This is a man's world, indeed.
Whether it's on the job, the red carpet or even a date, a woman with a curvier figure is prone to criticism, if not outrght derision. Not so necessarily for counterparts of the opposite sex, who may still get the big promotion, starring roles and the so-called "hot chick" without cast-iron pecs and six-pack abs.
In the dating world, this sexist double standard is referenced but seldom seen by those to whom it doesn't apply. Until now, that is, thanks to a recent hidden-camera social experiment. The folks at Simple Pickup, an admittedly creepy pickup-artist site, make the disparity quite clear. The experiment was gimmicky — find out what happens when a Tinder date shows up much larger in person than they appear in profile photos — but the results were pretty illuminating.
After setting the subjects up with dates, one man and one woman were put into fat suits and sent out to their dates. Guess who received the most vitriol?
The conversations between male dates and the subject "Sarah" quickly turned from curiosity to disgust.
"I really don't appreciate people lying to me," one man said as he stormed out of the restaurant. "I'm a little agitated," another spluttered. "It's very upsetting. I wasted gas and my time to come over here and I can't do this."
Two other guys quickly devised escape plans — one said he was married, and the other asked where the restroom was, only to never return. In the end, just one male date stuck around long enough to be told the whole thing was an experiment.
When replicated for the male subject, "Willie," the responses were pretty different. The female dates seemed less repulsed — at least outwardly — and engaged Willie in conversation.
They also were quicker to forgive him for what were apparently very outdated profile pictures. (Unfortunately, they also seemed to forgive his transphobic jokes, mocking women with "large hands.")
The end result? Willie got a handful of second dates, unlike Sarah, who went home without any interest from the would-be male suitors.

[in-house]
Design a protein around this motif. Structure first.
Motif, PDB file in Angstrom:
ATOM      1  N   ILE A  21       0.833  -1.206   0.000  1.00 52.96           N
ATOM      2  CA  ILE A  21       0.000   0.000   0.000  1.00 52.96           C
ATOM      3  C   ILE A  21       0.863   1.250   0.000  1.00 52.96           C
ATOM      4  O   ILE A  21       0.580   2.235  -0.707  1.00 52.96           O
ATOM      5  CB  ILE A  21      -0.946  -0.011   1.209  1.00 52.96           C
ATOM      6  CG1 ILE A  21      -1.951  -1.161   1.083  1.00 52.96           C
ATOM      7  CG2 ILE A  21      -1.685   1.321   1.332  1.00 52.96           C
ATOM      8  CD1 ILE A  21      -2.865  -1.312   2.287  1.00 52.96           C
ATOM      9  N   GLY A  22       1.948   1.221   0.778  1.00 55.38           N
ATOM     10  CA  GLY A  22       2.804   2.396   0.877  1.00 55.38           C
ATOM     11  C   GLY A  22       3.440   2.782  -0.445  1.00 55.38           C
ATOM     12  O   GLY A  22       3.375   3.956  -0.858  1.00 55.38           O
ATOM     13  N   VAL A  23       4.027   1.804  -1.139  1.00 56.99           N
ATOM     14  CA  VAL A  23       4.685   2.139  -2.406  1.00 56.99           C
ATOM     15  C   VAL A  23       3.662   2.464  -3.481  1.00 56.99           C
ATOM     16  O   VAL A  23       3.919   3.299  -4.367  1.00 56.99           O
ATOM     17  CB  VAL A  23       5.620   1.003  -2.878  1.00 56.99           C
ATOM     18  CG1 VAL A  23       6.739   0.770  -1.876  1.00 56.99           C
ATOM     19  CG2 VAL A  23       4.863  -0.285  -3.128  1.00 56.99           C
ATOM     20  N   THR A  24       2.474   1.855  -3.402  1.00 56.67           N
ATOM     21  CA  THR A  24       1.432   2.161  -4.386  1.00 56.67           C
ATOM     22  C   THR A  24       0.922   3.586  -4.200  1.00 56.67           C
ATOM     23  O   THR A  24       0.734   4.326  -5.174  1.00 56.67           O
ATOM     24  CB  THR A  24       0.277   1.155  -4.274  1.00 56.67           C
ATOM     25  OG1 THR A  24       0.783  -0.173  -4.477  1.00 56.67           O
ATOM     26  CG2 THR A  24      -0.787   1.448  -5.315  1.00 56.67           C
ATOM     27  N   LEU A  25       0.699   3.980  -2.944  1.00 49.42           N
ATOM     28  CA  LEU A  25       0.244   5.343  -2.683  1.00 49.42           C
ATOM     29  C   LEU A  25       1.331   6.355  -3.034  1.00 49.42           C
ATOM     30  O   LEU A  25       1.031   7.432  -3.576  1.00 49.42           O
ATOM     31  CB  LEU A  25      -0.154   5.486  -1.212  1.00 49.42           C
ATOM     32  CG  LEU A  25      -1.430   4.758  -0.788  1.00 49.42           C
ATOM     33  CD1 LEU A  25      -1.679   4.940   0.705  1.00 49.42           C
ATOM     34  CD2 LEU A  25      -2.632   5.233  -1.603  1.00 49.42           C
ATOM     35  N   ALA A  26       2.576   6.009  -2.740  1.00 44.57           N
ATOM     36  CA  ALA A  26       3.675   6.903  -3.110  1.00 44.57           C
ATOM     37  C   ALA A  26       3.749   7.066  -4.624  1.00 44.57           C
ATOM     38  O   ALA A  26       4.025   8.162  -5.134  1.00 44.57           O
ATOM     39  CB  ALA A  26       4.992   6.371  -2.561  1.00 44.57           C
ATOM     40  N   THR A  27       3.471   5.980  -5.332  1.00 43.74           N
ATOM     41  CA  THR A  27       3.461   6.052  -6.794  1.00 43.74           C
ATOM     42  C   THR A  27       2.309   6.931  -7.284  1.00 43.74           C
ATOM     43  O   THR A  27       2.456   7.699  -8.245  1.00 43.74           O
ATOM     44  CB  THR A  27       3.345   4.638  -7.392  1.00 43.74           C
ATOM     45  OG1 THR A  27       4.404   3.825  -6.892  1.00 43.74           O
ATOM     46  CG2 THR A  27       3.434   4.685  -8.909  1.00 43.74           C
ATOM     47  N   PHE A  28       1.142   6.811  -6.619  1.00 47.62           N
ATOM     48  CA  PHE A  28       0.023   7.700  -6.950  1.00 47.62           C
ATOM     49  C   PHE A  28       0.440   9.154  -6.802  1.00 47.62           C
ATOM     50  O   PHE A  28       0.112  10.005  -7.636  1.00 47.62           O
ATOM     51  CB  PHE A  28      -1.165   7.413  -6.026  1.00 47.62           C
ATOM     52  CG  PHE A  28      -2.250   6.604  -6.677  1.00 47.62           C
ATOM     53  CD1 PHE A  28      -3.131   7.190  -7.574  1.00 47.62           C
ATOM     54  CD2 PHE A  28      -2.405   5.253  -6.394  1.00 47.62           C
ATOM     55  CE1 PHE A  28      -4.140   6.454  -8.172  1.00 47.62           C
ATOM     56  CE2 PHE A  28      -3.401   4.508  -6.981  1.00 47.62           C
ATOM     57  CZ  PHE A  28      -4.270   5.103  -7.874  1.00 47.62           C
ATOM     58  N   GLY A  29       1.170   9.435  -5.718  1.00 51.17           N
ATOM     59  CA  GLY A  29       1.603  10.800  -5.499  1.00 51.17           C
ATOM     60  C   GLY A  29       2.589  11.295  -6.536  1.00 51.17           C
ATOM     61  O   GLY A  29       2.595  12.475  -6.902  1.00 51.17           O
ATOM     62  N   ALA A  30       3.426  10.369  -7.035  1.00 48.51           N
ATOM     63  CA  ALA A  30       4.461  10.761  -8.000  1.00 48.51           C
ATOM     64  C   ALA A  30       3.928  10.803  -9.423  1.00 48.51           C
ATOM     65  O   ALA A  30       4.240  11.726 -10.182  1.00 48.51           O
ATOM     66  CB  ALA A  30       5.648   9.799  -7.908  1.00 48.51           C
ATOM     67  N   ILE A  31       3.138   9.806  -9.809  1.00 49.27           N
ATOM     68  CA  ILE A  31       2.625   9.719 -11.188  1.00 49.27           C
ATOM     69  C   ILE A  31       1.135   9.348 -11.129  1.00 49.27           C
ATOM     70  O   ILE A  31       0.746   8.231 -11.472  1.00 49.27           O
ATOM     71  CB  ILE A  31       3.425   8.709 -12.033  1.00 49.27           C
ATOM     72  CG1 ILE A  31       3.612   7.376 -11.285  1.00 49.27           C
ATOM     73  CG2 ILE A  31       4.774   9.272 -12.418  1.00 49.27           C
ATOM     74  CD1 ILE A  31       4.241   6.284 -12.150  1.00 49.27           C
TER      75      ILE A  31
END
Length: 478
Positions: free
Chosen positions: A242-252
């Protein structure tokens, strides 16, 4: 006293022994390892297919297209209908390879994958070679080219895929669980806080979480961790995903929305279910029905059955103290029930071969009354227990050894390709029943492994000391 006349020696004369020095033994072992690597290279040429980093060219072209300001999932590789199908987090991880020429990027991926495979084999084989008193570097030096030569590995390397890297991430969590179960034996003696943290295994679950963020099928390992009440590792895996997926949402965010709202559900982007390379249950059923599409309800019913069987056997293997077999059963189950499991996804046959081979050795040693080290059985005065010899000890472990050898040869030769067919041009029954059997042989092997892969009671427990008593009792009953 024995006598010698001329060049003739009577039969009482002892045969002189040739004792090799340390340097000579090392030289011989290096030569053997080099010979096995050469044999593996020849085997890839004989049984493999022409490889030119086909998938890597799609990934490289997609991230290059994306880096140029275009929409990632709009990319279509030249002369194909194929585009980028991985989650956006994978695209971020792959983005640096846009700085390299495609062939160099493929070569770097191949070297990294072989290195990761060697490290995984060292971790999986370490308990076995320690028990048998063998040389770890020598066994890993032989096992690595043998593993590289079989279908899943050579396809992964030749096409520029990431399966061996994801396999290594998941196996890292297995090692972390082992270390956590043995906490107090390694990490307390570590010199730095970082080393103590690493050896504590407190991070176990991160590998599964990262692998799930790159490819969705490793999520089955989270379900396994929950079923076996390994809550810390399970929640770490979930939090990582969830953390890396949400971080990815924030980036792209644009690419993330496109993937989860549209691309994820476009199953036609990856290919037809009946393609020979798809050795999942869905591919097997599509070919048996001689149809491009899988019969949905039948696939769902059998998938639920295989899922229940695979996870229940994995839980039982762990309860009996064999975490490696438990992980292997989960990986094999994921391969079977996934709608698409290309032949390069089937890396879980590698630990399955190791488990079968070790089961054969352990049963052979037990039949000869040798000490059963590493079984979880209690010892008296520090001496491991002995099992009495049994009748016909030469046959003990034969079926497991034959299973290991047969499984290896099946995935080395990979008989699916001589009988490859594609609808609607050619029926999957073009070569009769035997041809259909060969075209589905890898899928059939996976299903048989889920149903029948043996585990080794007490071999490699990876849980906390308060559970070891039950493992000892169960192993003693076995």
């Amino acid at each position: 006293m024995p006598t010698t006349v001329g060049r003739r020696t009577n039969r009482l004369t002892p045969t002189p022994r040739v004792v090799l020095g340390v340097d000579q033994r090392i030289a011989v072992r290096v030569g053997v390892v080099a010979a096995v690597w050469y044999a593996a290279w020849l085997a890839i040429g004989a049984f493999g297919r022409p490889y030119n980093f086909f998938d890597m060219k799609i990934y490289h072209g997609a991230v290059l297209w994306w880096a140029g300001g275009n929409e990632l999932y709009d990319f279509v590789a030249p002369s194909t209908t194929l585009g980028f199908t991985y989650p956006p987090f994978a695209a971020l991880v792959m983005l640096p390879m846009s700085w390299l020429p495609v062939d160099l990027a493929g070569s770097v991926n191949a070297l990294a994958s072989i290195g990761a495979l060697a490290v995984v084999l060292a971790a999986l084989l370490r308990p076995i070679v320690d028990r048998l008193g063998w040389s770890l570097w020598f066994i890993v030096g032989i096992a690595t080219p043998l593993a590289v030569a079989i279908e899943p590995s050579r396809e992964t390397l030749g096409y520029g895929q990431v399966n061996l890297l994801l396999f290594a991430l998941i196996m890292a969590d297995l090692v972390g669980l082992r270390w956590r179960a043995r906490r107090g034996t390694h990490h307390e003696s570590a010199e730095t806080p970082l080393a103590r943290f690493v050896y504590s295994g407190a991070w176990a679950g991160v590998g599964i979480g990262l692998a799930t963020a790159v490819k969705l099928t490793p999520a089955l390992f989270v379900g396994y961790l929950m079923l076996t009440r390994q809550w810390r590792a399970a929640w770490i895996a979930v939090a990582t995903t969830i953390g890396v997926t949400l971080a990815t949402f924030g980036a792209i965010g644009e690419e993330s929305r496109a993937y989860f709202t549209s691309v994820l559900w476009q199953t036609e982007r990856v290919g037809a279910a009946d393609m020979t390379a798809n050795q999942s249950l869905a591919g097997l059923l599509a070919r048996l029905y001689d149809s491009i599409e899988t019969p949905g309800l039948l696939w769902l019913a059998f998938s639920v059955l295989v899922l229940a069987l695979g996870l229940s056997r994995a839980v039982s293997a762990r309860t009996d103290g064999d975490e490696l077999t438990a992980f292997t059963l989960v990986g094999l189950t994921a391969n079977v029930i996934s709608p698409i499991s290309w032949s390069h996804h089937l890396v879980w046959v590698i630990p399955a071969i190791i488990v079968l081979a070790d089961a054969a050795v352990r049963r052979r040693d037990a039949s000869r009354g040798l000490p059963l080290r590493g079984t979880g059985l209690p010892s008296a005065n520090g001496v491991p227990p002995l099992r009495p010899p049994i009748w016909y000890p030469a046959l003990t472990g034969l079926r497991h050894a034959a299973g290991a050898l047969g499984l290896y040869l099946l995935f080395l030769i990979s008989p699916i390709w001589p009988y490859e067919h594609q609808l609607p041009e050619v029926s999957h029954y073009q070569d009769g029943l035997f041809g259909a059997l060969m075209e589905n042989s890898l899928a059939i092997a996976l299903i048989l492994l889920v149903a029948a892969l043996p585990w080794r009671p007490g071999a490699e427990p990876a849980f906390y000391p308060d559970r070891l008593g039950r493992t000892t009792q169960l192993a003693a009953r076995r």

It's not clear what Simple Pickup thought would happen in both experiments — and in the future, the site shouldn't use fat people's images in a way that could be perceived as the butt of a joke, even if it is to prove a point.
Women everywhere are reclaiming their bodies from rigid, outdated beauty standards that shame women with curvier builds. Just this summer, dozens of women banded together for a "Fatkini" swimsuit spread online, sending the message that they can feel beautiful in the summertime without the hype about getting thinner. And in a controversial song that took female sexuality to a refreshing new level in music, Nicki Minaj's "Anaconda" celebrated having a "big, fat" derierre unlike any other song playing on the radio.
Still, there's a clear lesson to be learned from Simple Pickup's small (and flawed) experiment. If you're a straight woman trying to date on the Internet, regardless of whether or not you use updated profile photos, be warned: Some men can't break away from the sorts of unrealistic body-image standards for women that have plagued Western culture for decades. It goes without saying that the thin, blond, fair-skinned trope is not the only definition of beauty in America. It's too bad so many guys still can't seem to comprehend this fact.
h/t Huffington Post